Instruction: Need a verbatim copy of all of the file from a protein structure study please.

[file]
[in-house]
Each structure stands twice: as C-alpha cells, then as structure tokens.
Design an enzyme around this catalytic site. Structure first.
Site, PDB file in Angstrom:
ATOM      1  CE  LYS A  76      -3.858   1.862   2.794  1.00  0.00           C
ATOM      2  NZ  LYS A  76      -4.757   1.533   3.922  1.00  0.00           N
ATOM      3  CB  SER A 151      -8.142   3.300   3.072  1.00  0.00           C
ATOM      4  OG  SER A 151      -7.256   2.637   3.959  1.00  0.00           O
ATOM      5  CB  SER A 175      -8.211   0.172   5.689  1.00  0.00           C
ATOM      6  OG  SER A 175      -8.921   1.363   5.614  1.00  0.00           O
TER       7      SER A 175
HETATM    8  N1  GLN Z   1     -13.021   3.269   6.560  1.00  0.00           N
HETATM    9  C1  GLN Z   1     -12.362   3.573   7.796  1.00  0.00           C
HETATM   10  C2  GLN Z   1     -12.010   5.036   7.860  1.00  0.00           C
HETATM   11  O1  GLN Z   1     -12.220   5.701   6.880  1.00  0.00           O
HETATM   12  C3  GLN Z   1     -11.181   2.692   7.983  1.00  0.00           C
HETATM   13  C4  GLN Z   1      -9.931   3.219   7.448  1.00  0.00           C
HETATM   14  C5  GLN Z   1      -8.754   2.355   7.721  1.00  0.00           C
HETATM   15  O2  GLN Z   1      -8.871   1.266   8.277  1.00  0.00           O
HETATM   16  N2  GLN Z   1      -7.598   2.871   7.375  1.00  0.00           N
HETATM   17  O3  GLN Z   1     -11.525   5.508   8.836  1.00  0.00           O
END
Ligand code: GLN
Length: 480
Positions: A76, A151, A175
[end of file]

[in-house]
Each structure stands twice: as C-alpha cells, then as structure tokens.
Design an enzyme around this catalytic site. Structure first.
Site, PDB file in Angstrom:
ATOM      1  CE  LYS A  76      -3.858   1.862   2.794  1.00  0.00           C
ATOM      2  NZ  LYS A  76      -4.757   1.533   3.922  1.00  0.00           N
ATOM      3  CB  SER A 151      -8.142   3.300   3.072  1.00  0.00           C
ATOM      4  OG  SER A 151      -7.256   2.637   3.959  1.00  0.00           O
ATOM      5  CB  SER A 175      -8.211   0.172   5.689  1.00  0.00           C
ATOM      6  OG  SER A 175      -8.921   1.363   5.614  1.00  0.00           O
TER       7      SER A 175
HETATM    8  N1  GLN Z   1     -13.021   3.269   6.560  1.00  0.00           N
HETATM    9  C1  GLN Z   1     -12.362   3.573   7.796  1.00  0.00           C
HETATM   10  C2  GLN Z   1     -12.010   5.036   7.860  1.00  0.00           C
HETATM   11  O1  GLN Z   1     -12.220   5.701   6.880  1.00  0.00           O
HETATM   12  C3  GLN Z   1     -11.181   2.692   7.983  1.00  0.00           C
HETATM   13  C4  GLN Z   1      -9.931   3.219   7.448  1.00  0.00           C
HETATM   14  C5  GLN Z   1      -8.754   2.355   7.721  1.00  0.00           C
HETATM   15  O2  GLN Z   1      -8.871   1.266   8.277  1.00  0.00           O
HETATM   16  N2  GLN Z   1      -7.598   2.871   7.375  1.00  0.00           N
HETATM   17  O3  GLN Z   1     -11.525   5.508   8.836  1.00  0.00           O
END
Ligand code: GLN
Length: 480
Positions: A76, A151, A175